Ask the Commish
Q: I hear a lot about the patent backlog, but what about trademarks? What policies, if any, has the USPTO put into place to improve trademark processing? Has the hiring freeze had any effect on how long it takes to get a trademark approved? How long does it take, anyway?
The trademark operation strives to maintain relatively constant pendency for our applicants. Our goal is to complete the initial review of a new application within 2.5 to 3.5 months after filing. (Compared with about 35 months for a utility patent.)
Maintaining average first action pendency within a consistent range provides greater predictability for applicants, while also allowing us to maintain optimal staffing levels to ensure efficiency and minimize costs. Average first action pendency for all applications filed in fiscal year (FY) 2009 was 2.7 months and pendency this year remains at the same level.
The total time to registration is usually about a year or less, unless 1) the application is opposed by a member of the public during the opposition period; or 2) the original application is based on the applicant’s intent to use the mark and the applicant uses most or all of the three-year period authorized by the Trademark Act to file the statement of use averring that the mark is in commercial use.
Trademark application filings are sensitive to changes in the economy. Since the third and fourth quarter of FY 2008, trademark filings have declined significantly. The application filings in FY 2009 were 12.3 percent less than in FY 2008. However, although we have been impacted by a decrease in filing levels, we have successfully managed the impact, and approached the situation as an opportunity to engage the workforce in some important projects to improve organizational performance.
• We reviewed the USPTO Web site to identify areas where additional information on the application process would be useful, and to create new information resources for those areas.
• We began development of several informational video presentations about the application process to post on the Web site.
• We conducted a study using USPTO staff not assigned to the trademark operation to provide feedback on how our office actions and electronic forms could be improved for applicants unfamiliar with the trademark registration process.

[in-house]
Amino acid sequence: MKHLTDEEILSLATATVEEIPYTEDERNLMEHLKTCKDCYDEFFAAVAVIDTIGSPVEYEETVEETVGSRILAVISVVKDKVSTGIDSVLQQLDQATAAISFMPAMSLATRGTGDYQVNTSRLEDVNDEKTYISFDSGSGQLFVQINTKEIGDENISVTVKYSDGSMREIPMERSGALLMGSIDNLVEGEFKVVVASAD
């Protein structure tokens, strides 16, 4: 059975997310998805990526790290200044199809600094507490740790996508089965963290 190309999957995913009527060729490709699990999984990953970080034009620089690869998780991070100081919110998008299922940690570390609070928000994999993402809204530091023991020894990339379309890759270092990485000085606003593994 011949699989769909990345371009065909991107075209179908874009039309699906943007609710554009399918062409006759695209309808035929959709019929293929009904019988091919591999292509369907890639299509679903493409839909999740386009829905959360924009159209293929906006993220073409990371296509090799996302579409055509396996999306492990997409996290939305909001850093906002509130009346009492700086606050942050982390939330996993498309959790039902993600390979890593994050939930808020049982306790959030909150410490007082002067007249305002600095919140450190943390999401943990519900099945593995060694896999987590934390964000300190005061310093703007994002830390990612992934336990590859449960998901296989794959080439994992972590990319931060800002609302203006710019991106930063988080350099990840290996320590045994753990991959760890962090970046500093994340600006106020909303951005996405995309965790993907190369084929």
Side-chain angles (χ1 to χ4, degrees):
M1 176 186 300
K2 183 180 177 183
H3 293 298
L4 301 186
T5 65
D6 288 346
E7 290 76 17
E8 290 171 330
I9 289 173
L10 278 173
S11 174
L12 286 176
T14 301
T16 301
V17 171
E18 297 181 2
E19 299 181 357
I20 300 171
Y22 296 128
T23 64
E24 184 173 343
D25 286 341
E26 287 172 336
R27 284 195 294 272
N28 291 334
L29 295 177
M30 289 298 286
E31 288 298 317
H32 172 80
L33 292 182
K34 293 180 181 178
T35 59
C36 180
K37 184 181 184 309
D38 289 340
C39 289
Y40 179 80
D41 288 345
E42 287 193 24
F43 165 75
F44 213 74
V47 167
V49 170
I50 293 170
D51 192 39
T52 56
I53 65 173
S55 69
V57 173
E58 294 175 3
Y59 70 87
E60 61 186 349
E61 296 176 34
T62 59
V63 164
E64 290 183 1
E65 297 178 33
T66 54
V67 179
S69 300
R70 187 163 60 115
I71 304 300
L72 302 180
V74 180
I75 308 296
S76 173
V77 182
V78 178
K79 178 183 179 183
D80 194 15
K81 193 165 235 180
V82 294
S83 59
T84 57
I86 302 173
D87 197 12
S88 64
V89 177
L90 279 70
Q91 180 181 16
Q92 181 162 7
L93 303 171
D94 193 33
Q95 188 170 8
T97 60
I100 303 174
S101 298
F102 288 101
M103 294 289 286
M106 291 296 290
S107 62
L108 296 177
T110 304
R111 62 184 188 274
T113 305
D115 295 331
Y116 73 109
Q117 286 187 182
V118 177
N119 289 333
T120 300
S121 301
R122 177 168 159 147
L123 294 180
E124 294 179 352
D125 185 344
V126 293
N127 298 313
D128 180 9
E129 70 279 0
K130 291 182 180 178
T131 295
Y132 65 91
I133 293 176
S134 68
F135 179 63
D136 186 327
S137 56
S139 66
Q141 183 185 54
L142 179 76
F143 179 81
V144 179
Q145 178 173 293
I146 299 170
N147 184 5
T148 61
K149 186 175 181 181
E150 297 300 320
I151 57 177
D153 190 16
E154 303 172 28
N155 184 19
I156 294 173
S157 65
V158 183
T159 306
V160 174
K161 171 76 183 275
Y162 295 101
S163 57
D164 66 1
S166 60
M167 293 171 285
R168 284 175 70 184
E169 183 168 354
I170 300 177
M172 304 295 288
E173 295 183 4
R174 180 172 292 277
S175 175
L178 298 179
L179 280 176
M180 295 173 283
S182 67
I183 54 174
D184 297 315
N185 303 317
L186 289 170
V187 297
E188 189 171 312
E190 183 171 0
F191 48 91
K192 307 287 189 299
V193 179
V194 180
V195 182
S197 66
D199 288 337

• We also began customer outreach on office action quality by engaging various user groups in reviewing and providing feedback on actual office actions.
During the past year, the USPTO has enhanced its electronic systems to better assist users and increase process efficiency. Now that nearly 98 percent of trademark applications are filed electronically, we have turned our focus toward increasing full electronic workflow and file management. To this end, the office has implemented the following changes:
• Electronic notices: The USPTO has begun sending electronic Notices of Publication to trademark applicants who authorize e-mail communication with the USPTO. The new e-mailed Notices of Publication have clickable hyperlinks to allow applicants to access the online version of the Trademark Official Gazette. This new approach permits applicants to receive information more quickly and eliminates the cost of paper mailings for the USPTO. The office will be sending additional notices via e-mail in the near future.
• Electronic forms: In an effort to provide customers the option to use the Trademark Electronic Application System (TEAS) for all trademark filings, we have introduced a new “global” form to provide a means to submit electronic filings of documents that previously did not have a TEAS form. The new form allows for the electronic filing of virtually any trademark documents for which a traditional TEAS form is not currently available and allows trademark customers to identify the type of document being filed by selecting from a drop-down list. This approach provides the same benefits of a “regular” TEAS filing, namely, electronic confirmation of receipt at the USPTO; automatic entry into USPTO databases; and automatic routing to the proper work unit
• Registration certificates: For purposes of cost containment, modernization and efficiency, the USPTO has streamlined the issuance of registration certificates by reformatting the registration data and issuing a single page document on standard 8½ by 11 inch paper rather than a multi-page certificate on non-standard sized paper.
During the past year we have focused to improve the quality of examination, to maintain appropriate pendency, to manage resources wisely, and to provide more online forms to ensure efficiency in trademark processing. We’re confident that these changes will help ensure continued high-quality, cost-efficient service to our users.